| King Lear
| Act 5, Scene 3
Enter, in conquest, with drum and colours, EDMUND, KING LEAR and CORDELIA, prisoners; Captain, Soldiers, & cEDMUND
Some officers take them away: good guard,CORDELIA
Until their greater pleasures first be known
That are to censure them.
We are not the firstKING LEAR
Who, with best meaning, have incurr'd the worst.
For thee, oppressed king, am I cast down;
Myself could else out-frown false fortune's frown.
Shall we not see these daughters and these sisters?
No, no, no, no! Come, let's away to prison:EDMUND
We two alone will sing like birds i' the cage:
When thou dost ask me blessing, I'll kneel down,
And ask of thee forgiveness: so we'll live,
And pray, and sing, and tell old tales, and laugh
At gilded butterflies, and hear poor rogues
Talk of court news; and we'll talk with them too,
Who loses and who wins; who's in, who's out;
And take upon's the mystery of things,
As if we were God's spies: and we'll wear out,
In a wall'd prison, packs and sects of great ones,
That ebb and flow by the moon.
Take them away.KING LEAR
Upon such sacrifices, my Cordelia,EDMUND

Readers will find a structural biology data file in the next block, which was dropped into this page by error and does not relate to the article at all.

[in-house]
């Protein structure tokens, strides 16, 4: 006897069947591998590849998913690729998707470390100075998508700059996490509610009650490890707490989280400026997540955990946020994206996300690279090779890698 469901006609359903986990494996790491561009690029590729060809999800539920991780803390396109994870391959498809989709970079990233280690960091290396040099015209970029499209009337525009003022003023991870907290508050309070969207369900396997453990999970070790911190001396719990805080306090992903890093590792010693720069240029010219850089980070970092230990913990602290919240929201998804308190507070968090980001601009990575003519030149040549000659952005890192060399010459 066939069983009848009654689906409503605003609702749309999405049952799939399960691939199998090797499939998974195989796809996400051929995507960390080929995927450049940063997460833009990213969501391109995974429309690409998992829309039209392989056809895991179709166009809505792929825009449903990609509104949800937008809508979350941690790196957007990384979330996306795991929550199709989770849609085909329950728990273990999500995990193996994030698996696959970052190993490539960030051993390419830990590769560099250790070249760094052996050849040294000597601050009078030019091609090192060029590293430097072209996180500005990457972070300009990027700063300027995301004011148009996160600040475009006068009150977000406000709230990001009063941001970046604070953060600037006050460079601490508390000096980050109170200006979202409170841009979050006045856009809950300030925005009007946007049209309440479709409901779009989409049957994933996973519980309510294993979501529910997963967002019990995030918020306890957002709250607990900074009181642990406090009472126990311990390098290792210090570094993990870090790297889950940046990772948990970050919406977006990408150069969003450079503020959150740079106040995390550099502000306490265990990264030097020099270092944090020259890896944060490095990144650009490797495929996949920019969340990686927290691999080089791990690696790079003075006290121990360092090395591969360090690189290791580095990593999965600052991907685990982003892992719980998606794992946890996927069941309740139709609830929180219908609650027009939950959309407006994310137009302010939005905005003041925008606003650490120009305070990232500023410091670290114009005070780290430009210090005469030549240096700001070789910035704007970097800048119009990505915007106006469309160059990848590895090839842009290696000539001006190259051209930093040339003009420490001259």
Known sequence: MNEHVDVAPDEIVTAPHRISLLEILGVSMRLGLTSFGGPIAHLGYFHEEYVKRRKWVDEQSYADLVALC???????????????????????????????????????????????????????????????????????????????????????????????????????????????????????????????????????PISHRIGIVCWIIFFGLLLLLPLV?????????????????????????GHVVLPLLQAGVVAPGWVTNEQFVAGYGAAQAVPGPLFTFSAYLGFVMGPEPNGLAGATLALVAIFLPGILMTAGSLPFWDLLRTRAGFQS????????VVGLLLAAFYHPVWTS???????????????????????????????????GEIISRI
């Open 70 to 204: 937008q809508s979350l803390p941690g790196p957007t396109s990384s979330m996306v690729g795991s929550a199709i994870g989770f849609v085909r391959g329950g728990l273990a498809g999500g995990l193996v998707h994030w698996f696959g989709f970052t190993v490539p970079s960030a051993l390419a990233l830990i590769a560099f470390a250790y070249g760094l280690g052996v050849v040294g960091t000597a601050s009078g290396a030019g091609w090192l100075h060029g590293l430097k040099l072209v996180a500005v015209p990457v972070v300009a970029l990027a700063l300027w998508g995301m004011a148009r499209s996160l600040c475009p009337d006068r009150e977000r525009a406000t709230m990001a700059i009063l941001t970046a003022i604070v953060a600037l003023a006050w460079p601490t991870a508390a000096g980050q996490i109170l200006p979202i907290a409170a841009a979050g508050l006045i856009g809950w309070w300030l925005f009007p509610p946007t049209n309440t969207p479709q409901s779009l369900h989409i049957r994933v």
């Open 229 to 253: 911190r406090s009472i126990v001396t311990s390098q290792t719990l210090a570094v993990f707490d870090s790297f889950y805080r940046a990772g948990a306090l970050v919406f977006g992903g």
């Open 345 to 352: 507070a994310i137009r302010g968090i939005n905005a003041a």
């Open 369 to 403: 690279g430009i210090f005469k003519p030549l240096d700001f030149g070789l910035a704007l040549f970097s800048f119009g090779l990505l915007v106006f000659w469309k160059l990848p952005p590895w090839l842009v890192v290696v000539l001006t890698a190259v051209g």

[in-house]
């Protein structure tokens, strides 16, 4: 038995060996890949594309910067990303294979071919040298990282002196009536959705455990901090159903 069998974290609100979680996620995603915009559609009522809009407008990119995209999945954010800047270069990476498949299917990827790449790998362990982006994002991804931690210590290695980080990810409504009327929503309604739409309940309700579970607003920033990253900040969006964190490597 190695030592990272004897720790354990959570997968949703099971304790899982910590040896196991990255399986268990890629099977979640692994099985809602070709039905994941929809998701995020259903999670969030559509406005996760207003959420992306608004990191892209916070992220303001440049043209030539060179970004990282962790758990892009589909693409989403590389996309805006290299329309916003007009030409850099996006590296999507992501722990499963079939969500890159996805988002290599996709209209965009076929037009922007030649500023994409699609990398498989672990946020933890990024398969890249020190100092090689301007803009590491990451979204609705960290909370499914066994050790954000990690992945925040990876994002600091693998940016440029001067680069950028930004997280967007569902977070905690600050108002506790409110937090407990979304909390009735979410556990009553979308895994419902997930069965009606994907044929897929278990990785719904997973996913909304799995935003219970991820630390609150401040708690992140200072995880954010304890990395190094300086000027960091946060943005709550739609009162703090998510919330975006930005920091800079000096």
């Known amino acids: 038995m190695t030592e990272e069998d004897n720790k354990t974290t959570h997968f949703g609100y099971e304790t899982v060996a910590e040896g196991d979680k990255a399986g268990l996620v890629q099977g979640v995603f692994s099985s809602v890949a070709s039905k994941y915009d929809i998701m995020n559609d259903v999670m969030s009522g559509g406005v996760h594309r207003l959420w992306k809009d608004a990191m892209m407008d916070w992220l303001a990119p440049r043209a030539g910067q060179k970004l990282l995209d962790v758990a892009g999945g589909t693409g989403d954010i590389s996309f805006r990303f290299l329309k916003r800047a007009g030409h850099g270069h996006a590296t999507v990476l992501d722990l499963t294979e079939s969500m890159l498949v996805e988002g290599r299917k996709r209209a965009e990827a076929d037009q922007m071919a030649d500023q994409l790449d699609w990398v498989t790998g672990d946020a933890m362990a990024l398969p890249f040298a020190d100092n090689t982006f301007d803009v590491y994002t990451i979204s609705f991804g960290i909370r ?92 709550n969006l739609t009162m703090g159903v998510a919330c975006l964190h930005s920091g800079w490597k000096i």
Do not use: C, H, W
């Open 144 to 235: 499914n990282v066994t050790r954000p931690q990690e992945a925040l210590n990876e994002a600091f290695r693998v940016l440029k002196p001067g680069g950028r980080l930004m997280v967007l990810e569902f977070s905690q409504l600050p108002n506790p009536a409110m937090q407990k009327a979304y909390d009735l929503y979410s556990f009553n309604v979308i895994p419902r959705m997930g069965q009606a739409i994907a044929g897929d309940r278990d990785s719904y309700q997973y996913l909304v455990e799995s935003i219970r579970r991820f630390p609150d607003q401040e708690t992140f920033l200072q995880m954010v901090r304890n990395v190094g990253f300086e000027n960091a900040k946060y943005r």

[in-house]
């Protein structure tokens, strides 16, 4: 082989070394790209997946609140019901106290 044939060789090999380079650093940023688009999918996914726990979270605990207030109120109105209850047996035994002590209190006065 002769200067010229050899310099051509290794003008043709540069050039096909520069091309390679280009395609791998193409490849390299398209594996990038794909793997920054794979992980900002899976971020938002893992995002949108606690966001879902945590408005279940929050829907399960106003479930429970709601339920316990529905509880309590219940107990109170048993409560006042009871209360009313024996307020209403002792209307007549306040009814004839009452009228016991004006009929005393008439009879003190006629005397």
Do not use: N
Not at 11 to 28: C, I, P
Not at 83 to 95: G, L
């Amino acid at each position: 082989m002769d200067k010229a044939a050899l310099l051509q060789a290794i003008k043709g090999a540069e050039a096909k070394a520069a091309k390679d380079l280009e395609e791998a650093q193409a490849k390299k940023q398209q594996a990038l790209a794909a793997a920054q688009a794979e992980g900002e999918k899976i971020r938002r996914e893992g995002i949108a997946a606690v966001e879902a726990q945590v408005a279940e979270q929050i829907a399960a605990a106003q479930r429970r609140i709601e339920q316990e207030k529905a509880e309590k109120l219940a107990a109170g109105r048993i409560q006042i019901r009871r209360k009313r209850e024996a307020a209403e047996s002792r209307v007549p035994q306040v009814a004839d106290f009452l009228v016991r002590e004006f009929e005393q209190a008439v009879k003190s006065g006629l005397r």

The gods themselves throw incense. Have I caught thee?
He that parts us shall bring a brand from heaven,
And fire us hence like foxes. Wipe thine eyes;
The good-years shall devour them, flesh and fell,
Ere they shall make us weep: we'll see 'em starve
Exeunt KING LEAR and CORDELIA, guarded
Come hither, captain; hark.Captain
Take thou this note;
Giving a papergo follow them to prison:
One step I have advanced thee; if thou dost
As this instructs thee, thou dost make thy way
To noble fortunes: know thou this, that men
Are as the time is: to be tender-minded
Does not become a sword: thy great employment
Will not bear question; either say thou'lt do 't,
Or thrive by other means.
I'll do 't, my lord.EDMUND
About it; and write happy when thou hast done.Captain
Mark, I say, instantly; and carry it so
As I have set it down.
I cannot draw a cart, nor eat dried oats;ALBANY
If it be man's work, I'll do 't.
Flourish. Enter ALBANY, GONERIL, REGAN, another Captain, and Soldiers
Sir, you have shown to-day your valiant strain,EDMUND
And fortune led you well: you have the captives
That were the opposites of this day's strife: